Howie is not alone in his observation. National scientist Dr. Benito Vergara has this comment: "I am impressed by the clarity and impartiality of Mr. Henrylito D. Tacio's articles. There are very few science writers in the Philippines and I know most of them personally. The dedication of Mr. Tacio to science reporting where others perceive it as a "non-glamorous" subject is worthy of praise."
Don Rutledge, a multi-awarded American photojournalist, echoes the same view: "I have been deeply impressed by Mr. Henrylito D. Tacio's journalistic ability to take vital subjects and discuss them through his writing ability. A most recent article is the one he did on cancer. He takes the subject, makes a solid study of it, and gives us valuable details what we need to know. Seem that he does this in all of his writings rather than just a few situations. He is a journalist far beyond the normal."
Manoy Henry, as we call him, is the eldest son of Generoso Tacio and the former Saturnina dela Rita. He was born and grew up in Bansalan. He spent his elementary years in Villa-Doneza Elementary School. He attended the Southern Mindanao Academy (now known as South Philippine Adventist College) for his high school.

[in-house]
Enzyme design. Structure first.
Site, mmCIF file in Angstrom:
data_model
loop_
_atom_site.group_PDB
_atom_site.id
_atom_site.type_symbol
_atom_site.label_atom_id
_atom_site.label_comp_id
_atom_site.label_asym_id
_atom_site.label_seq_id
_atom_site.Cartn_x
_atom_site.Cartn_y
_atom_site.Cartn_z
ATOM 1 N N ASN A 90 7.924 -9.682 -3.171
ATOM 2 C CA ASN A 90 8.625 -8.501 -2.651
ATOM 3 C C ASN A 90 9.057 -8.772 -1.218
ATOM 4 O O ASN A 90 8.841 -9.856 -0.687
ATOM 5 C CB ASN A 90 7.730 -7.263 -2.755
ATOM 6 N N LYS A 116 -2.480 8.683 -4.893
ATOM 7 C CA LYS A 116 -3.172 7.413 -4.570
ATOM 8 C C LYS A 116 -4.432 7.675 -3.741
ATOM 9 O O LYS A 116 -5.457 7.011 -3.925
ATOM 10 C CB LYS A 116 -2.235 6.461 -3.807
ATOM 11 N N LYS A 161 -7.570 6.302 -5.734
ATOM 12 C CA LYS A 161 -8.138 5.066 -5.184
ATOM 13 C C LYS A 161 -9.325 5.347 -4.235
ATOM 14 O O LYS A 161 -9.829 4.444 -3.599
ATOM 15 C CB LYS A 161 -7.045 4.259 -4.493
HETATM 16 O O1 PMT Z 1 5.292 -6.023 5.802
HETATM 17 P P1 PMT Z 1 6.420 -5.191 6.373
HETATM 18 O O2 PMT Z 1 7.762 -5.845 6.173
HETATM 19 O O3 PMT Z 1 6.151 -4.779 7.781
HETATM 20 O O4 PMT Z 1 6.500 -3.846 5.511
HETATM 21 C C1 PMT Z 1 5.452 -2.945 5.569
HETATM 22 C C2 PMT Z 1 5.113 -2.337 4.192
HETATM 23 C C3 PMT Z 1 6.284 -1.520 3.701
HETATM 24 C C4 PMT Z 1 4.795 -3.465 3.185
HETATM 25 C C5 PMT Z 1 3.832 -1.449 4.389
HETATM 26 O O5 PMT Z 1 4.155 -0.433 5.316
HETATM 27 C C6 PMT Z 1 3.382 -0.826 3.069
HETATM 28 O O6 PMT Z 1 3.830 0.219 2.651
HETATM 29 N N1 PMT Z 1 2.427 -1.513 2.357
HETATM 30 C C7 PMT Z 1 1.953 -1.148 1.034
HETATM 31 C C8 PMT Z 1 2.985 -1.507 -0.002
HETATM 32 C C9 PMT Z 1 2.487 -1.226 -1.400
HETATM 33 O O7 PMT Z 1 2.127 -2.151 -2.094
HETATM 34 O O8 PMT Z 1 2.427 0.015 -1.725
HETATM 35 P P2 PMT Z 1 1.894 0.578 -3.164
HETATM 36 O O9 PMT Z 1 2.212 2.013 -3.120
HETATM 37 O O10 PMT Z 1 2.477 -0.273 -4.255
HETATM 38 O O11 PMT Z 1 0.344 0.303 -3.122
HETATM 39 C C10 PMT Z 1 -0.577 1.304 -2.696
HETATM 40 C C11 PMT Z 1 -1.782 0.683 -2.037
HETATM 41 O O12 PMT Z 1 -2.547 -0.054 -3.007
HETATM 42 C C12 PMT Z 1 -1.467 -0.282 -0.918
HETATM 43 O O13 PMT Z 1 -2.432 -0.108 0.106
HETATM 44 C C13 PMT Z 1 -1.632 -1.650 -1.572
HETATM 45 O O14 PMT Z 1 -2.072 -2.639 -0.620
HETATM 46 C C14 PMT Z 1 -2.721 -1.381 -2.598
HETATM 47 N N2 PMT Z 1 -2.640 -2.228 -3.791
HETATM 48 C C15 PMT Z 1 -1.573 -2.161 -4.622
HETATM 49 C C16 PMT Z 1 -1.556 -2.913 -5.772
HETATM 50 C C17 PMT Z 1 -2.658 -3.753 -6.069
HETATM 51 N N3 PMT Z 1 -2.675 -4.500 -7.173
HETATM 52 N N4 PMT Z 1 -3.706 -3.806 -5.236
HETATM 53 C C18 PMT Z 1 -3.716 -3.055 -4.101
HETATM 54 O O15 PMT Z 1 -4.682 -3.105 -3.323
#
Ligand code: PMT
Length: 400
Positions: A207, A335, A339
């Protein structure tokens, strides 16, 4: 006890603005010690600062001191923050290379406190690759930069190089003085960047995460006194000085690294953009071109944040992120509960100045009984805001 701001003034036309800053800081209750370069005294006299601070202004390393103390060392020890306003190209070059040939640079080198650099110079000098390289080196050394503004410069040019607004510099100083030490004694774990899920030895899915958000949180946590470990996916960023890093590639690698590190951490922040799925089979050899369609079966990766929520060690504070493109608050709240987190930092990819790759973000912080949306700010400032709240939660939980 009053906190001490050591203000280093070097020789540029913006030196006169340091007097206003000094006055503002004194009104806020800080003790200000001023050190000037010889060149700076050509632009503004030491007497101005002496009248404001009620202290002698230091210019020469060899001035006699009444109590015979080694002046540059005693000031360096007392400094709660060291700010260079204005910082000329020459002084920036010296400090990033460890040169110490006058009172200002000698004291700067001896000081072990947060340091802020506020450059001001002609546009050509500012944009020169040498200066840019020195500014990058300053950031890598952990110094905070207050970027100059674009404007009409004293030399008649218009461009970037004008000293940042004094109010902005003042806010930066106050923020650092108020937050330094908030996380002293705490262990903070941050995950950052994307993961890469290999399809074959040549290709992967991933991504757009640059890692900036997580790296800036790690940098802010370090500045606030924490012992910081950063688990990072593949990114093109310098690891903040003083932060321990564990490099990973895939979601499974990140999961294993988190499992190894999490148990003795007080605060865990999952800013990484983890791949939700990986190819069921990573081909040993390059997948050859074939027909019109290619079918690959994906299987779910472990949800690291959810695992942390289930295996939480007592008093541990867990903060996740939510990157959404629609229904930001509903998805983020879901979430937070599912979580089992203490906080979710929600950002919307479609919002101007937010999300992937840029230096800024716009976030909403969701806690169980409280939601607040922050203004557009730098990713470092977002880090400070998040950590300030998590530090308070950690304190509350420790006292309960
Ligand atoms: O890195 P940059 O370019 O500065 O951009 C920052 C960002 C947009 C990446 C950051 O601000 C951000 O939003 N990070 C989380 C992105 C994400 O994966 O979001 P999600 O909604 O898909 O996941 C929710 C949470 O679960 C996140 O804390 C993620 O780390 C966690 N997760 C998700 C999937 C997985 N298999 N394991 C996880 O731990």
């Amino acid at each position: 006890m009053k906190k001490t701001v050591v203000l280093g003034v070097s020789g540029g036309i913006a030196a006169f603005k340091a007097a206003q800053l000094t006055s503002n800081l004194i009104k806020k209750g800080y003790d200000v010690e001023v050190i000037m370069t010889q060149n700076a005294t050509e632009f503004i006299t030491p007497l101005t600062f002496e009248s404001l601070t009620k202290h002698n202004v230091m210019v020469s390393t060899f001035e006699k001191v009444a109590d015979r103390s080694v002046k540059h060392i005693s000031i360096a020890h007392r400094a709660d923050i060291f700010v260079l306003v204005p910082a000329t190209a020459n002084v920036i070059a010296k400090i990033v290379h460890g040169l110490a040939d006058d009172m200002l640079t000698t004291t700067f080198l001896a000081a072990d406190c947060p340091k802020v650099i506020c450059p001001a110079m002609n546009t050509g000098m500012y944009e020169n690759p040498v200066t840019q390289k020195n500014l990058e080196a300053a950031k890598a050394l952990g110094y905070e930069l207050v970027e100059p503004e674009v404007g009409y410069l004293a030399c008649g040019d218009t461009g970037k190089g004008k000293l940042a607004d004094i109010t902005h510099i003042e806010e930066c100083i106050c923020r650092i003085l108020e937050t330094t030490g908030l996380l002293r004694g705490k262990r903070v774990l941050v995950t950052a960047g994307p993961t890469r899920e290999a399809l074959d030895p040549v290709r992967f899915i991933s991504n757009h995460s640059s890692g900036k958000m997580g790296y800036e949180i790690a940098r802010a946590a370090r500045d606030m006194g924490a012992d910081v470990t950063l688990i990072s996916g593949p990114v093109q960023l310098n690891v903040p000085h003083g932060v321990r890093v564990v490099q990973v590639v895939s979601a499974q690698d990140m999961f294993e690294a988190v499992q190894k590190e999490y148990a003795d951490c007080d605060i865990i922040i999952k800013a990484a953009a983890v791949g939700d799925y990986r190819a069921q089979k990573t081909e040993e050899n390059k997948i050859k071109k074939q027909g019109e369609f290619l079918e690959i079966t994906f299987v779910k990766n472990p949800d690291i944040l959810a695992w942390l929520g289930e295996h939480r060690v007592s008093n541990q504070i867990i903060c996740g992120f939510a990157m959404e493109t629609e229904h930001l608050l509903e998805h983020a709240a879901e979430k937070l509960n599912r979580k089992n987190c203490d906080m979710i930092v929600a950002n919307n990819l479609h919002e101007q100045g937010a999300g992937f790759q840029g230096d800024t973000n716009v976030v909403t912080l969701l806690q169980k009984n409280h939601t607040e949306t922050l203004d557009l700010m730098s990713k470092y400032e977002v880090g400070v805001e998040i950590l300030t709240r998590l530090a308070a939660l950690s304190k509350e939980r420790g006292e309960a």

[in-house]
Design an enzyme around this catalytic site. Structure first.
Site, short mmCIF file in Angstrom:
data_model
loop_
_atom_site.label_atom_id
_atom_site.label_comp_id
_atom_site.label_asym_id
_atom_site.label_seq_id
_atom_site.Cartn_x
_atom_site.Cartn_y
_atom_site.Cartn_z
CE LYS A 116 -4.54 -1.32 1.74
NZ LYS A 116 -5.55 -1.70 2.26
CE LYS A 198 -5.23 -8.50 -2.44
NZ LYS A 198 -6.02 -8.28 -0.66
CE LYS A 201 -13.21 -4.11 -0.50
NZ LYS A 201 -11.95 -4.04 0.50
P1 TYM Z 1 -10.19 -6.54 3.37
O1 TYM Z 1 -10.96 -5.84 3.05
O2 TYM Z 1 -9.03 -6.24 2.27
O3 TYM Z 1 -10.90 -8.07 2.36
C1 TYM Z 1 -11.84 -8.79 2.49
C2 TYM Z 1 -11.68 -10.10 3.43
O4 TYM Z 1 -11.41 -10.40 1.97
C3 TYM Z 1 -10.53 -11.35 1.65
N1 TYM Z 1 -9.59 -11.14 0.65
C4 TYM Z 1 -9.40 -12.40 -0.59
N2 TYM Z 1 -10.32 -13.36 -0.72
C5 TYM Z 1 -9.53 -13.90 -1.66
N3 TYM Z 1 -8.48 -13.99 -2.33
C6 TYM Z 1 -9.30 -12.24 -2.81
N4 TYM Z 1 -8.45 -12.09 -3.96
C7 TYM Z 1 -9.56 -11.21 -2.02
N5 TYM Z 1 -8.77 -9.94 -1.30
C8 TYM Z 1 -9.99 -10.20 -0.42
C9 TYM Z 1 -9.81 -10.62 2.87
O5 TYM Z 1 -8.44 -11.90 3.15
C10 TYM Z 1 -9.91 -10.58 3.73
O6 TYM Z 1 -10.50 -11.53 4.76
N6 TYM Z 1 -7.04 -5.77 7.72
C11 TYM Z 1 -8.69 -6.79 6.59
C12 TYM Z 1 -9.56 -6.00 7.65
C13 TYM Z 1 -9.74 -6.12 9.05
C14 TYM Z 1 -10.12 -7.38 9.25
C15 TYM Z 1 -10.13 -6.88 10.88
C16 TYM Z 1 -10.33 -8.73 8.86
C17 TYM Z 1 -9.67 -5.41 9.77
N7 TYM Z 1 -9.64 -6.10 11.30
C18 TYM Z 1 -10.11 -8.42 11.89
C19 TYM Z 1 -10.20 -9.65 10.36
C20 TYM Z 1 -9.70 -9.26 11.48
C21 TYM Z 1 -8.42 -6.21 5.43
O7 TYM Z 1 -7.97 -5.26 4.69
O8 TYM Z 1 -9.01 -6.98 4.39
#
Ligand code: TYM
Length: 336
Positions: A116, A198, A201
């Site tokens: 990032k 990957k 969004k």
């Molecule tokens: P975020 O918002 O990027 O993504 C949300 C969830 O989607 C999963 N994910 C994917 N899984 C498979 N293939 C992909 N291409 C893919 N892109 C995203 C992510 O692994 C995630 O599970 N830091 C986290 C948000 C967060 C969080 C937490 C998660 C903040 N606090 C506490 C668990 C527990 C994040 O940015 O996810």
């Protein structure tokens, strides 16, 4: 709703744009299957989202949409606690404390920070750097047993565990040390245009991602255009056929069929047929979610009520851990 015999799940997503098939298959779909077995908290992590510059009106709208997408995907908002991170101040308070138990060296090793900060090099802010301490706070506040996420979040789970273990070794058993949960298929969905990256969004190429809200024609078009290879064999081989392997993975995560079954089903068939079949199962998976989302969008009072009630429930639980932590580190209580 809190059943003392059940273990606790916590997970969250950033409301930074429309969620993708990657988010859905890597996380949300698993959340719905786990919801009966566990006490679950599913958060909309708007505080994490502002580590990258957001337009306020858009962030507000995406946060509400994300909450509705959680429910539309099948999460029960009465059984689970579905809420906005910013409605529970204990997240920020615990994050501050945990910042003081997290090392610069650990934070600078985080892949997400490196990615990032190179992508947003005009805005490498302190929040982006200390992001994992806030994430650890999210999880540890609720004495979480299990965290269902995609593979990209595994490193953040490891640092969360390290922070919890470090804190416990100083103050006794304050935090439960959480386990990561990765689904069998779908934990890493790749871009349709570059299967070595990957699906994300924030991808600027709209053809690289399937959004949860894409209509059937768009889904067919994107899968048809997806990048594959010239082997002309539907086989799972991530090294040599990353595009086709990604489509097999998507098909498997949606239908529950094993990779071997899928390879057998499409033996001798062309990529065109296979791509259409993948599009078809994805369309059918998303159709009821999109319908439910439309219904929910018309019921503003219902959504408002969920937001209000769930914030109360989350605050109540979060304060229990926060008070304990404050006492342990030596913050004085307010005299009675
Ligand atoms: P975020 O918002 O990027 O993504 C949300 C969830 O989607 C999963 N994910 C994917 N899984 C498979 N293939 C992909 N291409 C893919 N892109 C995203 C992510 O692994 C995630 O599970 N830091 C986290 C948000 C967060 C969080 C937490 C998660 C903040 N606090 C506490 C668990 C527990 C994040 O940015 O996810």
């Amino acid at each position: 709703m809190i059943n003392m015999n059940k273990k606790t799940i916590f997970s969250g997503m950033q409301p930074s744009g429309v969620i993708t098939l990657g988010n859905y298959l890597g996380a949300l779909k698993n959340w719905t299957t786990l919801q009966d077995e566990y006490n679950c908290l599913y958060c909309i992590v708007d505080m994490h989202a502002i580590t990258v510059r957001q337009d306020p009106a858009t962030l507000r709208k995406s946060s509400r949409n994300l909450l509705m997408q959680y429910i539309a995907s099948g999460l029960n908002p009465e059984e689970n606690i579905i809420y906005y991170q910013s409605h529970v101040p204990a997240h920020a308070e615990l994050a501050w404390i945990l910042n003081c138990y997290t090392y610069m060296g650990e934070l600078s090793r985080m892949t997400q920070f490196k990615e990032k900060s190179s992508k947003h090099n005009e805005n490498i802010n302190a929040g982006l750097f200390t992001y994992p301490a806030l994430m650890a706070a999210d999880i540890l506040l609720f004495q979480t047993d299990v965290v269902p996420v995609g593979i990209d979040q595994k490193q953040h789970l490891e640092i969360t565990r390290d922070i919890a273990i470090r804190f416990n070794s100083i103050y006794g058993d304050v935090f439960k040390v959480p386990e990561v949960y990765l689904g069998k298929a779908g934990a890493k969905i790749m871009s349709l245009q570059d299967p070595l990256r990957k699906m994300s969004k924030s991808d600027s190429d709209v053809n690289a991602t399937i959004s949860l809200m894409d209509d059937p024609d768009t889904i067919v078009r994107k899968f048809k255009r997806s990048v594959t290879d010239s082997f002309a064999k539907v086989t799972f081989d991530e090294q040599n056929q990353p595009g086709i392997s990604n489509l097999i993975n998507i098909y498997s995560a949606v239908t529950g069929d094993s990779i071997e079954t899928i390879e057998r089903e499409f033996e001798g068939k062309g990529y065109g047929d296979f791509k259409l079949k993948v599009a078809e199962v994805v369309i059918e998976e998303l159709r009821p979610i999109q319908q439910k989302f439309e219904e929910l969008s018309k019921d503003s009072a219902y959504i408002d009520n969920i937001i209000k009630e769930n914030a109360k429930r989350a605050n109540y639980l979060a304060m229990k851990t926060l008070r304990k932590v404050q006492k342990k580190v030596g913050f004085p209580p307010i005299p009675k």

He finished his A.B. Economics from the University of Mindanao in Davao City and pursued his A.B. English at the University of Mindanao Bansalan College.
He started his writing career when he was still in high school. His teachers were impressed by the way he wrote his formal themes.
During his college days, he started writing for Tagalog comics and finally contributed an article - "What Children Say About Doctors" - which was accepted by Mod magazine. It was the start.
Years later, his byline started appearing in both national newspapers (Philippine Daily Inquirer, Today, Manila Times, Manila Chronicle, Malaya, and Manila Bulletin) and international dailies (Bangkok Post, for one) when he was accepted as one of the correspondents of the Manila-based Press Foundation of Asia, which released weekly dispatches called DEPTHnews.
In 1994, he started collecting journalism awards. First, it was the Binhi Award from the Philippine Agricultural Journalists, Inc. Then came the Science and Technology Journalism Award from the Philippine Press Institute.